In 2009, two members of the Computational Health Informatics Program at Boston Children’s Hospital and Department of Biomedical Informatics at Harvard developed an open API specification platform that leveraged FHIR. The soon to be called, SMART app platform or first bridged the gap between EHR data and an open health app platform (3).

The first iteration released in 2011, called SMART Classic, was clinically focused and built upon web standards and common healthcare terminologies such as Logical Observation Identifier Names and Codes or LOINC. This model was built upon a Resource Description Framework or RDF which represents a standard data interchange model on the web. RFD was chosen given its flexibility and adoption in prior web applications as a model to represent common clinical statements. From this, an API was developed to offer data access via hypertext transfer protocol or HTTP. While the developers were able to launch an initial product, there was criticism that the scope was limited and that standards groups were not involved.

In 2013, the SMART team pivoted. FHIR’s API provided a more robust version of the SMART API and was built with vendor and the greater healthcare IT community’s support. The team worked with the core FHIR team to help design resources, infrastructure, and tools. After multiple iterations the SMART team found FHIR to provide a robust methodology to deliver sematic interoperability while isolating developers from EHR specific extraneous details. Using prior knowledge from SMART Classic, the team adopted conventions from Meaningful Use Stage 2, and thus used terminologies such as LOINC for observations, SNOMED Clinical Terms for problems, and RxNorm for medications. Given the necessary security measures linked to healthcare data, SMART on FHIR built in OAuth token authorization. Similarly, authentication was handled via OpenID Connect to allow apps the necessary security measures to ensure proper usage. This SMART on FHIR starter kit allows close to plug and play capabilities to bring app developers EHR data in a simplified fashion. This allows both web-based applications via HTML5, desktop applications, and mobile applications—including Apple’s ios and Alphabet’s Android platforms.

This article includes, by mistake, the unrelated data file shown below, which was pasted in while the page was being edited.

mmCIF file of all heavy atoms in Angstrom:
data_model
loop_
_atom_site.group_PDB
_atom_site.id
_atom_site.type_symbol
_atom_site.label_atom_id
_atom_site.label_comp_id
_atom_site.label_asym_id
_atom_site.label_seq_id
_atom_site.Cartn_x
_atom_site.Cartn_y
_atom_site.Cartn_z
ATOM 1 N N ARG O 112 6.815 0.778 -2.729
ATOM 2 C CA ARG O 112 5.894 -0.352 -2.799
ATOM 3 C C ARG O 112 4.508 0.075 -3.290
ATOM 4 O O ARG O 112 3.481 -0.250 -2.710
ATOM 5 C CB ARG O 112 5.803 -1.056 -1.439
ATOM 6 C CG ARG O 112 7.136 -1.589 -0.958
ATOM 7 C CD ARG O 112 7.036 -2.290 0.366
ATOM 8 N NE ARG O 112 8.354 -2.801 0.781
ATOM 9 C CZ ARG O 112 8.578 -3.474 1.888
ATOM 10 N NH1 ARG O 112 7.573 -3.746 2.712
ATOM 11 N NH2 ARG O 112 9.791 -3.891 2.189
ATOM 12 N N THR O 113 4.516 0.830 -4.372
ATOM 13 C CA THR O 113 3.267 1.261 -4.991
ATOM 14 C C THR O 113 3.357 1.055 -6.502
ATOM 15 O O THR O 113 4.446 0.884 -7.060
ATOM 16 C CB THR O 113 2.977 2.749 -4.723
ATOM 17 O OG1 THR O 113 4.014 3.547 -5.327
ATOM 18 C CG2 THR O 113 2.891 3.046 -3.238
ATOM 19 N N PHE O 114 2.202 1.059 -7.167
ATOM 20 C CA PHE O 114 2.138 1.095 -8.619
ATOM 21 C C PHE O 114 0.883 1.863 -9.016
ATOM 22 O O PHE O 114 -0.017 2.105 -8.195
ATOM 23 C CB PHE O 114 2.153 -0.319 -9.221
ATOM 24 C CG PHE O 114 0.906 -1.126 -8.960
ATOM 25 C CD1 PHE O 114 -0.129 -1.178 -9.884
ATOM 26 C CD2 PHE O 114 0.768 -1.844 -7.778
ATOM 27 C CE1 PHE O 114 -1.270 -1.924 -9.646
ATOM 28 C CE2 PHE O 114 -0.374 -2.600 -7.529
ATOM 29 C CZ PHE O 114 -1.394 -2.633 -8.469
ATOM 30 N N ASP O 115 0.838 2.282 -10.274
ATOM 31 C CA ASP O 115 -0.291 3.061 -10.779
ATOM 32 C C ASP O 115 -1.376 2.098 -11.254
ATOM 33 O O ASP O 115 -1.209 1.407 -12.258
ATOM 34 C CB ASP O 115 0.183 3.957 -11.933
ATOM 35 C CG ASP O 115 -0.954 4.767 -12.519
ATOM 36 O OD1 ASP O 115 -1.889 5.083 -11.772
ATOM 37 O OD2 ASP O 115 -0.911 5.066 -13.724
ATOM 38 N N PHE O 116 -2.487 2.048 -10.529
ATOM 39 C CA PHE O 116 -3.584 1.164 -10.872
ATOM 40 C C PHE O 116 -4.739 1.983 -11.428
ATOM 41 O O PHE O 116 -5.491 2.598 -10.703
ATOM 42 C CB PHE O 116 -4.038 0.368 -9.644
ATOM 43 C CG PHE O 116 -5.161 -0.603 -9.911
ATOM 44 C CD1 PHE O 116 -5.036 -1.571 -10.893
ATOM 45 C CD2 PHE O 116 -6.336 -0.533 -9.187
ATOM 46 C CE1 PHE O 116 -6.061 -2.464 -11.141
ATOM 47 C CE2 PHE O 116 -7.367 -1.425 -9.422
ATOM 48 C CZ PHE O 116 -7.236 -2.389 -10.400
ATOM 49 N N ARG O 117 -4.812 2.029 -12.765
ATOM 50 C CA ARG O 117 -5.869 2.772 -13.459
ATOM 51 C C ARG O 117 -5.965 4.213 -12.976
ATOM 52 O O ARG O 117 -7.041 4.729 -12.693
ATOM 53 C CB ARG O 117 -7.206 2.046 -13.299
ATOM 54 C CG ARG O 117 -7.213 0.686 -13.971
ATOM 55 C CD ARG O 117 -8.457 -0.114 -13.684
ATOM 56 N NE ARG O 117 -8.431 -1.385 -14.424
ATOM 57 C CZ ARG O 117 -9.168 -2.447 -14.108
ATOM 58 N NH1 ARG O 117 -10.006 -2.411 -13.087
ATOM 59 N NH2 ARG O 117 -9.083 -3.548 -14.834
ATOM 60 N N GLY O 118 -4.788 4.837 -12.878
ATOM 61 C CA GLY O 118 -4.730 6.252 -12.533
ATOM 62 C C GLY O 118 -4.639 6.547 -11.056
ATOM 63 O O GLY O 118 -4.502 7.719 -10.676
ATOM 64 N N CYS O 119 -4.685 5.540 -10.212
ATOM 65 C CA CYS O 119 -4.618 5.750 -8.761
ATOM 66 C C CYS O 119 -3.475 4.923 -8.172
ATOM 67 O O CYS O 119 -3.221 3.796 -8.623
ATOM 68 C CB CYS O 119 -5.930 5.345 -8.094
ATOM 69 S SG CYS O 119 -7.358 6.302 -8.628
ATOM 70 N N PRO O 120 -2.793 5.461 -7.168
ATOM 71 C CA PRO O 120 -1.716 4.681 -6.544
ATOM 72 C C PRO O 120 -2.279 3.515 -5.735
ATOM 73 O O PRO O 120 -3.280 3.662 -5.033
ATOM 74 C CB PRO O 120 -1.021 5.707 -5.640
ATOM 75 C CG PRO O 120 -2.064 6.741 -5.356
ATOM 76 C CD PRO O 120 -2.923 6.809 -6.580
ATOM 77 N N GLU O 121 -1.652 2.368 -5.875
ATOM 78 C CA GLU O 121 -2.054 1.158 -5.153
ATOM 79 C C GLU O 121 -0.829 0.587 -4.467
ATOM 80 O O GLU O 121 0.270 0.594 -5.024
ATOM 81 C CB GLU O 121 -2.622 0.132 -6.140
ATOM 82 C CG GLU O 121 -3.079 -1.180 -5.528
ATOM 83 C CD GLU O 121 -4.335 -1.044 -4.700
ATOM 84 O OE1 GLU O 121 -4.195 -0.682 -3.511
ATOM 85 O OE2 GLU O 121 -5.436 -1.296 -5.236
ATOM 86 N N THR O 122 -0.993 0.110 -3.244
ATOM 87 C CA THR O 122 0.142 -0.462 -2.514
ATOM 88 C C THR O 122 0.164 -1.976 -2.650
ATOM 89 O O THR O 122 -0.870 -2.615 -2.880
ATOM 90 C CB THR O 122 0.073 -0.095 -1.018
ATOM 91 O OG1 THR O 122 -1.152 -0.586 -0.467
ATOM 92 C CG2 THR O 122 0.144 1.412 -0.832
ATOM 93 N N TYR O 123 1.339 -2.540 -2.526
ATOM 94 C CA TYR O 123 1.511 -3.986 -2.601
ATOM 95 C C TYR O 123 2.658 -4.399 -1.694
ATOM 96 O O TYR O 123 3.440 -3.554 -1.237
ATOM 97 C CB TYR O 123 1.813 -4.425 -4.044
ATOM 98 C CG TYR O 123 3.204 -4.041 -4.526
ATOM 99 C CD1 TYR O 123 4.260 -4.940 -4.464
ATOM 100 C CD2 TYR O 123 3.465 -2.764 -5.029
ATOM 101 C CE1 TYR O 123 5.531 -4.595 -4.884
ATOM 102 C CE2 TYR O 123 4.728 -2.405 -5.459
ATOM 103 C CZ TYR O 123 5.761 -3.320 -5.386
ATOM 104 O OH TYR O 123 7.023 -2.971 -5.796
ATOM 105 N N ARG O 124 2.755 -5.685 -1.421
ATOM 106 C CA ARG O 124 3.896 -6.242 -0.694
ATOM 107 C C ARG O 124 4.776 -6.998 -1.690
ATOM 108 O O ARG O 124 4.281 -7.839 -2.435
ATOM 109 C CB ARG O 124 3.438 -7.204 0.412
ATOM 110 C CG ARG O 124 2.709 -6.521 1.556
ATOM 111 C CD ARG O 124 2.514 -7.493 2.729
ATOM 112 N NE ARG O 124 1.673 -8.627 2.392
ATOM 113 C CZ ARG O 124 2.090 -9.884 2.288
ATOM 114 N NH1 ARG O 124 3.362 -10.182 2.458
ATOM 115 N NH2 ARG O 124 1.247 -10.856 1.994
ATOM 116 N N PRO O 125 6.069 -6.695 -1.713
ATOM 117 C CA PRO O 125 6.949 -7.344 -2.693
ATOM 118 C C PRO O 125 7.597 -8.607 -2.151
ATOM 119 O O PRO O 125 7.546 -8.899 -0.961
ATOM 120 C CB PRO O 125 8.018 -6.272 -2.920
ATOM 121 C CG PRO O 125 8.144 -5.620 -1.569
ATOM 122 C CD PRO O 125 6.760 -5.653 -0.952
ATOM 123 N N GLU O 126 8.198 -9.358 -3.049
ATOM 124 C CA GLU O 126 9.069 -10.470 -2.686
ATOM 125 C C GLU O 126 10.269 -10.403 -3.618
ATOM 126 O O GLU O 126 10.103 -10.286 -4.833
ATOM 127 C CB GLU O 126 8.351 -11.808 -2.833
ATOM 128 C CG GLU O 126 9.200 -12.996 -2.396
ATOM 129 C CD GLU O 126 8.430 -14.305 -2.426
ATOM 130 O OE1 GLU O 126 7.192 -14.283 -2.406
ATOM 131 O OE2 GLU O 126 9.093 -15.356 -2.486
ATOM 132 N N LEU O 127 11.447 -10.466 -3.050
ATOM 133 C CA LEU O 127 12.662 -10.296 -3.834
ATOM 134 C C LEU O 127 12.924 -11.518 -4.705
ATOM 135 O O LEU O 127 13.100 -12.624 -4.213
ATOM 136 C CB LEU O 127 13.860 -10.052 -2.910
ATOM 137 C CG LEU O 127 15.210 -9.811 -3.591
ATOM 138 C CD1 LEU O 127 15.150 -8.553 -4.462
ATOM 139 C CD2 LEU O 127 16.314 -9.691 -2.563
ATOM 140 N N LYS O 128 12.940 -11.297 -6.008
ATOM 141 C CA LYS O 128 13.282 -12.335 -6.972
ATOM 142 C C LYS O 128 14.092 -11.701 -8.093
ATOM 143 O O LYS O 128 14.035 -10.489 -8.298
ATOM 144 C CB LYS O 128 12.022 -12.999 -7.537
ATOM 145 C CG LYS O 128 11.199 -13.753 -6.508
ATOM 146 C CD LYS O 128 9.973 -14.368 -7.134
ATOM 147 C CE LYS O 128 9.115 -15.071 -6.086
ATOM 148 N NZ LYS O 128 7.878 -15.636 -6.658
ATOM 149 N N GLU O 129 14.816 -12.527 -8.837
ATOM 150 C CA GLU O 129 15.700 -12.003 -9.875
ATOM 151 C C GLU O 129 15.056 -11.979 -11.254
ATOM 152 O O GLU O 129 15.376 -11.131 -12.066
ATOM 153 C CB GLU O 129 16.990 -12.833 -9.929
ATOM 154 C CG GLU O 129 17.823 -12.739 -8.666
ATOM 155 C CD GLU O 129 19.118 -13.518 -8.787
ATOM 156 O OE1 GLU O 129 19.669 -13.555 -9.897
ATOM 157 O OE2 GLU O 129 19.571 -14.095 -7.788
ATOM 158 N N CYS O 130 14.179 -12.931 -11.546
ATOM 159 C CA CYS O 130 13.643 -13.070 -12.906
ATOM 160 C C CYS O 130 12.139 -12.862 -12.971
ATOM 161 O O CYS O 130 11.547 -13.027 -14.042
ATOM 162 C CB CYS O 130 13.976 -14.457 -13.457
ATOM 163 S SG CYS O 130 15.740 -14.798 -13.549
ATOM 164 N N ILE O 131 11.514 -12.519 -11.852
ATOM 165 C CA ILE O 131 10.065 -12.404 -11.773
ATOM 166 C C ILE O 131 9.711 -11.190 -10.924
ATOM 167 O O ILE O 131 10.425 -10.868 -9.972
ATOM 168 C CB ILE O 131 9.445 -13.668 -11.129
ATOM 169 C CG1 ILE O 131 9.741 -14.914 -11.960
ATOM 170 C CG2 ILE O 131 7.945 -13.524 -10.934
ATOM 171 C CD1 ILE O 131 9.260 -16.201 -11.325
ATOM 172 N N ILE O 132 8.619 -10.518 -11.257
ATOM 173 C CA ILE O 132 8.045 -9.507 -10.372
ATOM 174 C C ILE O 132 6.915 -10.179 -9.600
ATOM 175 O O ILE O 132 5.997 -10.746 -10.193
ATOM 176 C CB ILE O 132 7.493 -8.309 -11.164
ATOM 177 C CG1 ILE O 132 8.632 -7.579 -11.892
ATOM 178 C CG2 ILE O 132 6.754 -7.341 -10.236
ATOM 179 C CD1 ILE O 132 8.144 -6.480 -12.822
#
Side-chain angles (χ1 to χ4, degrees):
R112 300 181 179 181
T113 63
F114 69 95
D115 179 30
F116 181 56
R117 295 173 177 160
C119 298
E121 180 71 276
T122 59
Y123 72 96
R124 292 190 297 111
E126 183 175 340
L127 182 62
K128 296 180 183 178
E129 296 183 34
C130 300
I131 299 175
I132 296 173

1. Mosa ASM, Yoo I, Sheets L. A Systematic Review of Healthcare Applications for Smartphones. BMC Medical Informatics and Decision Making. 2012;12(1):1-31.
  2. Eysenbach G. What is e-health? Journal of medical Internet research. 2001;3(2).
  3. Mandel JC, Kreda DA, Mandl KD, Kohane IS, Ramoni RB. SMART on FHIR: a standards-based, interoperable apps platform for electronic health records. Journal of the American Medical Informatics Association. 2016;23(5):899-908-.
  4. Bloomfield RA, Polo-Wood F, Mandel JC, Mandl KD. Opening the Duke electronic health record to apps: Implementing SMART on FHIR. International Journal of Medical Informatics. 2017;99:1-10-.
  5. Benson T, Grieve G. Principles of Health Interoperability. Third ed: Springer; 2016.
  6. Mandl K. Connected Apps in Healthcare 2017. 2017.

Submitted by Steven McGaughey